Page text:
A number of years ago a friend of mine called me on the telephone and asked me if I would come to the hospital and give him a blood transfusion. Then as I lay there and watched the blood run out of my arm, I asked the nurse how many blood transfusions I could safely give in the course of a year, and she said that it would be perfectly all right if I gave four. That is, if it were necessary, I could save the lives of four people each year by a transfusion of my blood.
A few years later I found myself on the other end of this great miracle of transfusion. During and after some major surgery, I was given nine blood transfusions wherein a majority of my total blood supply was exchanged. One afternoon when the intern wasn’t very busy, he figured out for me that in this process I had received 27 billion white corpuscles, and as he described their function, I thought of these 27 billion little medical men dressed in white uniforms going throughout my system killing the disease and fighting the infection that otherwise might have terminated my life. But then, in addition to that, he pointed out that I had also received 18 trillion red corpuscles. These were the little engineers that carried oxygen and nutrition to every one of my locations to keep me in business. And all of this came for just the few dollars that I had previously put into the blood bank. (Incidentally, I asked the intern if he would figure out how much money I was paying per corpuscle, but he thought that problem would be a little bit complicated.)
Since that time I have thought a great deal about the wonderful men and women that I have met along life’s way who have given me another kind of transfusion. I have had some transfusions of faith, some transfusions of courage, some transfusions of industry. In fact, if you were to take away from me that which properly belonged to somebody else, there wouldn’t be very much of me left.
But from this experience I have made a great discovery that everybody ought to make for himself, and that is that from the holy scriptures and the great literature and the uplifting philosophies and from our own personal meditations and experience we can extract those little segments of success; and if they are properly packaged by writing them down and memorizing them, we can use them at our will to infuse righteousness and success into our own lives. I think it must have been this that the great apostle Paul had in mind when he said, “Be ye [therefore] transformed by the renewing of your mind.” (Rom. 12:2.)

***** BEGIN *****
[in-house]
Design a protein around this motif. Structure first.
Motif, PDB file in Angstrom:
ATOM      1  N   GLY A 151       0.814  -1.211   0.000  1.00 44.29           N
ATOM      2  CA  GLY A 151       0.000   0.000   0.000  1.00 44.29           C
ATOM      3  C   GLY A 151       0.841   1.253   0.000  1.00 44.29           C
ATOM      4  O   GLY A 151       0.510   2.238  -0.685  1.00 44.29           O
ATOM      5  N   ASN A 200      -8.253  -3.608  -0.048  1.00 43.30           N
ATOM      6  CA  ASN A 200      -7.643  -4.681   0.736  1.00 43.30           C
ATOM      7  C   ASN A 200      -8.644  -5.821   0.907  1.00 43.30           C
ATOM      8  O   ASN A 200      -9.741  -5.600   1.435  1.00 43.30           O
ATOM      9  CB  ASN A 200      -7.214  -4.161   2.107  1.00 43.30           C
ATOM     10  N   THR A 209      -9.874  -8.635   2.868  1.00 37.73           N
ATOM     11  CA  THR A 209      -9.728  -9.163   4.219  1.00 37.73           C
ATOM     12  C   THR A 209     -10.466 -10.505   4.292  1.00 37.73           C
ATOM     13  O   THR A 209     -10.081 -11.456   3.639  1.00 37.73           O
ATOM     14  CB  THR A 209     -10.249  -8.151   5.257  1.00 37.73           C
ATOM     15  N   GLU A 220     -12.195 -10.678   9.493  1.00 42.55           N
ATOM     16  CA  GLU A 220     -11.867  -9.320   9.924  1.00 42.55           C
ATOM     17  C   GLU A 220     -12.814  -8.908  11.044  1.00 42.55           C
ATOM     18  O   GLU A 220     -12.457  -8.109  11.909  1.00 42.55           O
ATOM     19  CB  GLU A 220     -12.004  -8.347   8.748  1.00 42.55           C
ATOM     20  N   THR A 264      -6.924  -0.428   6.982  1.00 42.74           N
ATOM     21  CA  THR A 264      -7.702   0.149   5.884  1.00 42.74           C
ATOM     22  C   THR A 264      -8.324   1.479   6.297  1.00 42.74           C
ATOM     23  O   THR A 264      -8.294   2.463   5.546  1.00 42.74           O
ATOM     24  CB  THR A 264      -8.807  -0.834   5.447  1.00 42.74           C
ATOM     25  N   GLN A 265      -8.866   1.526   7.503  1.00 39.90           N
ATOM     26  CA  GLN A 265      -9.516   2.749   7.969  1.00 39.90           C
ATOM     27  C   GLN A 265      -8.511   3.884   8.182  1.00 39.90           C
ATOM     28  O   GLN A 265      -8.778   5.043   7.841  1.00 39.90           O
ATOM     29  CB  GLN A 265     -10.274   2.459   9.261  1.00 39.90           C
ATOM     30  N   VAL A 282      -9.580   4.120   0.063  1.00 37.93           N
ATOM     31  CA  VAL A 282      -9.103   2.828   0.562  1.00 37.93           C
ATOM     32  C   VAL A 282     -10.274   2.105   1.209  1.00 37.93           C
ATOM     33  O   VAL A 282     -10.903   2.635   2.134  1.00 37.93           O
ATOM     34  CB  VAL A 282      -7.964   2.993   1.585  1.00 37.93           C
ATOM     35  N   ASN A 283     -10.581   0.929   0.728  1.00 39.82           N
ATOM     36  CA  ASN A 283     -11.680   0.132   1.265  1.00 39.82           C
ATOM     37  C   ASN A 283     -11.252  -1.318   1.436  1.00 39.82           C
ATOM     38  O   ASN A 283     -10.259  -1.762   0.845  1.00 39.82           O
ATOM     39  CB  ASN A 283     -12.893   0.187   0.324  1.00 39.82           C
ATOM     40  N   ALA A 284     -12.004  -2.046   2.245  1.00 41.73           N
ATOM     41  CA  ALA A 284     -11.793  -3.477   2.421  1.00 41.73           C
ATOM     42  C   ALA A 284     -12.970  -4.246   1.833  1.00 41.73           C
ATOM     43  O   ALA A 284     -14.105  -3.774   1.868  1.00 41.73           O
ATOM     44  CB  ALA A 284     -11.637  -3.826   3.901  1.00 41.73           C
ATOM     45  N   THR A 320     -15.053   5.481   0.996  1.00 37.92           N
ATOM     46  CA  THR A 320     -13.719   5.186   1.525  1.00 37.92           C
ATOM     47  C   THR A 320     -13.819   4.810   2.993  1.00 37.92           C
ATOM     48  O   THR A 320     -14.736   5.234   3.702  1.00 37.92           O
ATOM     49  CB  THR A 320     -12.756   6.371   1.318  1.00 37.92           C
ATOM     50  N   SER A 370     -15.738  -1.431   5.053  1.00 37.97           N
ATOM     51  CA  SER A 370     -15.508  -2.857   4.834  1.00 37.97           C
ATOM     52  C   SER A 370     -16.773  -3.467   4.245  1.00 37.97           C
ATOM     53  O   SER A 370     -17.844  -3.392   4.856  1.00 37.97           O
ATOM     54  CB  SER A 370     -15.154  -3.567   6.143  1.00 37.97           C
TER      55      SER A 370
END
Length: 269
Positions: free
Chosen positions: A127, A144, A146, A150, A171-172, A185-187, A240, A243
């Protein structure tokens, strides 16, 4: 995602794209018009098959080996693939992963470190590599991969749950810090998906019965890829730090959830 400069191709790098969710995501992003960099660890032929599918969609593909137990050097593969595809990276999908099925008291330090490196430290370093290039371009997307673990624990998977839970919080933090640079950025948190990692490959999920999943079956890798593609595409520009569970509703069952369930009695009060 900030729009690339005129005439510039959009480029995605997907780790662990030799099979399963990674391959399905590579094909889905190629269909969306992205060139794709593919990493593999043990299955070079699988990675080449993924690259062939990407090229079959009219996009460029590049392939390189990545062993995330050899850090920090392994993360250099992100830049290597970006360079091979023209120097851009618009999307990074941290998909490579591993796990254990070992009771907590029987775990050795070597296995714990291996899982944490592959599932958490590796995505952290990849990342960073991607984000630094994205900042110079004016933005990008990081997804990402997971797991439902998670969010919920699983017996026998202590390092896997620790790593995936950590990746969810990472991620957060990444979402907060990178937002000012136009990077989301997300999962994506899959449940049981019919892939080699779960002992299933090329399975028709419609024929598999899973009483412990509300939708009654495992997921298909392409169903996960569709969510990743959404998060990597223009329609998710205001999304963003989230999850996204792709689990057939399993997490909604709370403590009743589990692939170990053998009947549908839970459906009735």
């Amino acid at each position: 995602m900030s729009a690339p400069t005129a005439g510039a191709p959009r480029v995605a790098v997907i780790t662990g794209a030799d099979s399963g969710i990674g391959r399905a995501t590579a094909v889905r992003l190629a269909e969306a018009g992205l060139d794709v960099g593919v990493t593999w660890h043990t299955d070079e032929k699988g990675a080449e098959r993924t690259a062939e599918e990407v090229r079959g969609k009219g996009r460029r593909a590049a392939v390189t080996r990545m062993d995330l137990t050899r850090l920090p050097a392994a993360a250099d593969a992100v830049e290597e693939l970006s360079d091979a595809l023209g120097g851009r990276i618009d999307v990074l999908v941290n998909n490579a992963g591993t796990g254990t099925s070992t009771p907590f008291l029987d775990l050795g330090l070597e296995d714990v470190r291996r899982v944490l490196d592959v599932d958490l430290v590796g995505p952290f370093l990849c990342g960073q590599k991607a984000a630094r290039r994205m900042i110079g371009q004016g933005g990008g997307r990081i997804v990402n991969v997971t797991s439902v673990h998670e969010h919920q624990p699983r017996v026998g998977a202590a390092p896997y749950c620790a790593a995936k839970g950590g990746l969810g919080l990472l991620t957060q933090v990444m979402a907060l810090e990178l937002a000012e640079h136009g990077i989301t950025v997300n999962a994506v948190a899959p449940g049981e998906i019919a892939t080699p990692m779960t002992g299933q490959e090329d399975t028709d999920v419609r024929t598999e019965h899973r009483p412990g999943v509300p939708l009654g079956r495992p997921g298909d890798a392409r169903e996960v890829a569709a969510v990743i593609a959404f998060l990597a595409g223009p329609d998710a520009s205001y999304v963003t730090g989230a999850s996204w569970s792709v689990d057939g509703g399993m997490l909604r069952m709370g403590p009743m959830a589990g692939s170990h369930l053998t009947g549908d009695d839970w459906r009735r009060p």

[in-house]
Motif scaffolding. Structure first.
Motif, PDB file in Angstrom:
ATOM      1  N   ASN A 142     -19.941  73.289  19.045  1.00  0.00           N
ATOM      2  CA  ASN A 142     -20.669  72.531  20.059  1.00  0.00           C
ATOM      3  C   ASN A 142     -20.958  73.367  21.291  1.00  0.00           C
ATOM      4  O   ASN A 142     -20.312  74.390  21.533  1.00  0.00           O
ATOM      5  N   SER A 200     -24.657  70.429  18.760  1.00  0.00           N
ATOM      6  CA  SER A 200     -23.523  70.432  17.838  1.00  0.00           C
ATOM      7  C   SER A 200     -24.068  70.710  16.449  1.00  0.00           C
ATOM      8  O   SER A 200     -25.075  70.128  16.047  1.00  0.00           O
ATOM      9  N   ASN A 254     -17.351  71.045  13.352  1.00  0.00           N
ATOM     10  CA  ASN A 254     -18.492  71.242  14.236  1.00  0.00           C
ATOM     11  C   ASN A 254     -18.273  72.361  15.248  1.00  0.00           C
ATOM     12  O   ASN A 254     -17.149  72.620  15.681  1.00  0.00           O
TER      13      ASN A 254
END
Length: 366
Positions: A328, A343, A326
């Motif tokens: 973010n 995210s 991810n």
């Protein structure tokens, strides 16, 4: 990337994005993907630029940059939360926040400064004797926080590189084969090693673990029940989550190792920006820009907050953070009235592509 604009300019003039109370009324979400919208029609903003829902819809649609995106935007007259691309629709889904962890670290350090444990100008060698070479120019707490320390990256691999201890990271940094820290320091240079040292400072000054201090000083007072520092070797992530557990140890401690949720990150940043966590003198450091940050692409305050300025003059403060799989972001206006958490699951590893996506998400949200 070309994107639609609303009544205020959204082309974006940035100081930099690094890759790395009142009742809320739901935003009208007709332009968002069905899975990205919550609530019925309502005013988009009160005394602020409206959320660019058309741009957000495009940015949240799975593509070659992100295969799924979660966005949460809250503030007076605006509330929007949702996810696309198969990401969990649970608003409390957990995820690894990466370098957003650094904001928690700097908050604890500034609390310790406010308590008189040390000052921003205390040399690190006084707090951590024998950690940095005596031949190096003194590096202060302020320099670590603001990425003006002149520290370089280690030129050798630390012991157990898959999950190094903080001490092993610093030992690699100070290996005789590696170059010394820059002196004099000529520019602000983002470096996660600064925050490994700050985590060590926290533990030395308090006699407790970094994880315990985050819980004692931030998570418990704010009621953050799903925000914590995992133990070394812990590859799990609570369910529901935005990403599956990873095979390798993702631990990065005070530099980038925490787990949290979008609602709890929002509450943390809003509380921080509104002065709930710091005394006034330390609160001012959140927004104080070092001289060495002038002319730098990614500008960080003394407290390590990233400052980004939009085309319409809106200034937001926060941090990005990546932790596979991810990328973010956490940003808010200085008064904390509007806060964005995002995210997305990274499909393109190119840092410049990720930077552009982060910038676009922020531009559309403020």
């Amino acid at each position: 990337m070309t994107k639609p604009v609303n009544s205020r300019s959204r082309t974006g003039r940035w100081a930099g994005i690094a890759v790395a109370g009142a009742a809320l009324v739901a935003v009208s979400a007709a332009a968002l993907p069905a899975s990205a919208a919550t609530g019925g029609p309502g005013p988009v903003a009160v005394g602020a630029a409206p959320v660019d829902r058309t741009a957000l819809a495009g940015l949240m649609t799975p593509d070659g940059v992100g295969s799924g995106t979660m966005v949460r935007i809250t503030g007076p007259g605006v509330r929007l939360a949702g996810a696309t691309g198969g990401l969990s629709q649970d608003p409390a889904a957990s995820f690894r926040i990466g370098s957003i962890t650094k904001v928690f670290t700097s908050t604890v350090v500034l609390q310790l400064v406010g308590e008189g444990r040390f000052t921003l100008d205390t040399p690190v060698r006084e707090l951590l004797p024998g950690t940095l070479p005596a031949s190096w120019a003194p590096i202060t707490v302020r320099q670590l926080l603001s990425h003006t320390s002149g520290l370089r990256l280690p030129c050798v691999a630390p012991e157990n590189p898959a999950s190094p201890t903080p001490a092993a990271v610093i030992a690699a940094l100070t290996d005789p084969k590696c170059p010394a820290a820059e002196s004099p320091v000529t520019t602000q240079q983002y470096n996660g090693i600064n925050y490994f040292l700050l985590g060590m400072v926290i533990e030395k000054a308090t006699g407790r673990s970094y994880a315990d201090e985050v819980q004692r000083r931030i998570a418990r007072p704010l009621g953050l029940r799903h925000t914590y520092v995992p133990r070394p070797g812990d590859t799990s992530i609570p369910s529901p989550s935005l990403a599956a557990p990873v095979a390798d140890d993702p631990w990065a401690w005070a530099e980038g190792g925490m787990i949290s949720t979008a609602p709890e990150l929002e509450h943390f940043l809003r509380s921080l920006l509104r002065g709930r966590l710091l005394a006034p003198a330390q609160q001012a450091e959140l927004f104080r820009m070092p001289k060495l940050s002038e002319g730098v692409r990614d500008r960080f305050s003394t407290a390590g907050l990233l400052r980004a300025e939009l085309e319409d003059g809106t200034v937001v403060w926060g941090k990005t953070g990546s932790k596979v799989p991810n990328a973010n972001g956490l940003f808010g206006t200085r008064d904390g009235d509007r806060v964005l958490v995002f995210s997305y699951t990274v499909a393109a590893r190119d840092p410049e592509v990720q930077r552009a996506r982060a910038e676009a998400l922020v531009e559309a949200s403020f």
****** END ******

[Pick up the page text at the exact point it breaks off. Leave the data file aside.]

And Oscar Hammerstein must have been thinking about something like this when in his song “Stouthearted Men” he said, “Hearts can inspire other hearts with its fire.” And then he said:
The Church was organized with just six people, and then this inspiration and revelation and the great doctrines of the restoration have been spread around, and they’ve bubbled up and trickled down until they have inspired the lives and helped to save the souls of a great many millions of other people. To facilitate this operation in my own case, I have written in my literary notebooks the names of over one hundred of my personal donors, and then in my best language I have tried to describe to myself the contributions that they have made to me. And I thought this afternoon that I would like to try to take a leaf from Mr. Hammerstein’s book and start you with ten.
Transfusion number one comes from Grantland Rice. For over 50 years this great sportswriter and commentator went around the country following the great champions of sport, trying to isolate those traits in human personality and character which made men and women champions. And then he wrote over 700 poems about these qualities which might serve us as instruments of transfusion. One of these he entitled “Courage.” He said:
But, said he:
Transfusion number two is entitled “Integrity.” Its donor is the little Indian patriot Mohandas Gandhi, who won the independence of India from England. When Gandhi was very young, he took a pledge to his mother that he would remain a vegetarian throughout his life. Many years after Gandhi’s mother had died, Gandhi became very ill, and the doctors tried to persuade him that if he would drink a little beef broth it might save his life. But Gandhi said, “Even for life itself, we may not do certain things. There is only one course open to me, to die, but never to break my pledge.” Now just think for a minute what kind of a world this would be if each one of us could manifest that kind of integrity before his family and among his friends and before the world generally.
Transfusion number three, “Truth,” comes from our great Civil War president, Abraham Lincoln. Lincoln said, “I am not bound to win, but I am bound to be true. I am not bound to succeed, but I am bound to live by the best light that I have. I will stand with anyone when he stands right and I will part from him when he goes wrong.”